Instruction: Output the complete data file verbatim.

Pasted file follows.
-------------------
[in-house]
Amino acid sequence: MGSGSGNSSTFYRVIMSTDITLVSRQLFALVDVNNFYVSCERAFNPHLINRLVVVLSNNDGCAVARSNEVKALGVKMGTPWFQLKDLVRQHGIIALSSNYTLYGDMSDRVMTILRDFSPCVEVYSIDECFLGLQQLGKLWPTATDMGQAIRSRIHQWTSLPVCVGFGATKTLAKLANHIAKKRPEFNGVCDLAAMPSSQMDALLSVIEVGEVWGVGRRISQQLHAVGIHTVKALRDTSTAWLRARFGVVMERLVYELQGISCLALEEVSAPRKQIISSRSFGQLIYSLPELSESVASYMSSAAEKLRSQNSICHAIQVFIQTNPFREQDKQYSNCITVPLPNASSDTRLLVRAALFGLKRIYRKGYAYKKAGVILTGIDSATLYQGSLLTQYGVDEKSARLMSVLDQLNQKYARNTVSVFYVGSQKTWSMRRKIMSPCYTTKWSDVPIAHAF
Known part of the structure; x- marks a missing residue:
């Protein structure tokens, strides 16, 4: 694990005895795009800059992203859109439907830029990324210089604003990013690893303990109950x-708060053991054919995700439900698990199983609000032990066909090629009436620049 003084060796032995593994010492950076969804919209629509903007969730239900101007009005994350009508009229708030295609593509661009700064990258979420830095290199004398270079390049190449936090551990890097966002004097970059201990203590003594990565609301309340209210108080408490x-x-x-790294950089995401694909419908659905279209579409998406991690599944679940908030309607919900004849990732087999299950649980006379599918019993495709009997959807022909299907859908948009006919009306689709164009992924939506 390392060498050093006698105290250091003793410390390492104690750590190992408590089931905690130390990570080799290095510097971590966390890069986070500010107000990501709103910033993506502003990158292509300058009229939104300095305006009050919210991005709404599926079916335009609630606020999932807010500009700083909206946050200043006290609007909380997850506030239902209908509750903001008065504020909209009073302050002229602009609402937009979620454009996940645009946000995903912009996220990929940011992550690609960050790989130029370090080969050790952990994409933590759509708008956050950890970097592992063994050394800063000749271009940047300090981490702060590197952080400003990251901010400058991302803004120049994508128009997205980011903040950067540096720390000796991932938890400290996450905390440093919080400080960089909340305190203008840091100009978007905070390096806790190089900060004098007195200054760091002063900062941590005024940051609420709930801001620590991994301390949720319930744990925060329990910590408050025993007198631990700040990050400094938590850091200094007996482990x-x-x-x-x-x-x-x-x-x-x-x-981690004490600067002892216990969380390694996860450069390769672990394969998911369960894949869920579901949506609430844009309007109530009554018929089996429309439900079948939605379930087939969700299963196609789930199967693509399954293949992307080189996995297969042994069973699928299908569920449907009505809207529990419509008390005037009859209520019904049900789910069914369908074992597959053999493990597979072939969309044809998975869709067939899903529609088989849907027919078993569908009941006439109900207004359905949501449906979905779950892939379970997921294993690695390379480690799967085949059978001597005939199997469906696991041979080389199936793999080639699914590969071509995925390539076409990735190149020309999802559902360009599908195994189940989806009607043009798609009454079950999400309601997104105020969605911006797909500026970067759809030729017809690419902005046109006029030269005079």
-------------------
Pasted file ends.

[in-house]
Amino acid sequence: MGSGSGNSSTFYRVIMSTDITLVSRQLFALVDVNNFYVSCERAFNPHLINRLVVVLSNNDGCAVARSNEVKALGVKMGTPWFQLKDLVRQHGIIALSSNYTLYGDMSDRVMTILRDFSPCVEVYSIDECFLGLQQLGKLWPTATDMGQAIRSRIHQWTSLPVCVGFGATKTLAKLANHIAKKRPEFNGVCDLAAMPSSQMDALLSVIEVGEVWGVGRRISQQLHAVGIHTVKALRDTSTAWLRARFGVVMERLVYELQGISCLALEEVSAPRKQIISSRSFGQLIYSLPELSESVASYMSSAAEKLRSQNSICHAIQVFIQTNPFREQDKQYSNCITVPLPNASSDTRLLVRAALFGLKRIYRKGYAYKKAGVILTGIDSATLYQGSLLTQYGVDEKSARLMSVLDQLNQKYARNTVSVFYVGSQKTWSMRRKIMSPCYTTKWSDVPIAHAF
Known part of the structure; x- marks a missing residue:
């Protein structure tokens, strides 16, 4: 694990005895795009800059992203859109439907830029990324210089604003990013690893303990109950x-708060053991054919995700439900698990199983609000032990066909090629009436620049 003084060796032995593994010492950076969804919209629509903007969730239900101007009005994350009508009229708030295609593509661009700064990258979420830095290199004398270079390049190449936090551990890097966002004097970059201990203590003594990565609301309340209210108080408490x-x-x-790294950089995401694909419908659905279209579409998406991690599944679940908030309607919900004849990732087999299950649980006379599918019993495709009997959807022909299907859908948009006919009306689709164009992924939506 390392060498050093006698105290250091003793410390390492104690750590190992408590089931905690130390990570080799290095510097971590966390890069986070500010107000990501709103910033993506502003990158292509300058009229939104300095305006009050919210991005709404599926079916335009609630606020999932807010500009700083909206946050200043006290609007909380997850506030239902209908509750903001008065504020909209009073302050002229602009609402937009979620454009996940645009946000995903912009996220990929940011992550690609960050790989130029370090080969050790952990994409933590759509708008956050950890970097592992063994050394800063000749271009940047300090981490702060590197952080400003990251901010400058991302803004120049994508128009997205980011903040950067540096720390000796991932938890400290996450905390440093919080400080960089909340305190203008840091100009978007905070390096806790190089900060004098007195200054760091002063900062941590005024940051609420709930801001620590991994301390949720319930744990925060329990910590408050025993007198631990700040990050400094938590850091200094007996482990x-x-x-x-x-x-x-x-x-x-x-x-981690004490600067002892216990969380390694996860450069390769672990394969998911369960894949869920579901949506609430844009309007109530009554018929089996429309439900079948939605379930087939969700299963196609789930199967693509399954293949992307080189996995297969042994069973699928299908569920449907009505809207529990419509008390005037009859209520019904049900789910069914369908074992597959053999493990597979072939969309044809998975869709067939899903529609088989849907027919078993569908009941006439109900207004359905949501449906979905779950892939379970997921294993690695390379480690799967085949059978001597005939199997469906696991041979080389199936793999080639699914590969071509995925390539076409990735190149020309999802559902360009599908195994189940989806009607043009798609009454079950999400309601997104105020969605911006797909500026970067759809030729017809690419902005046109006029030269005079």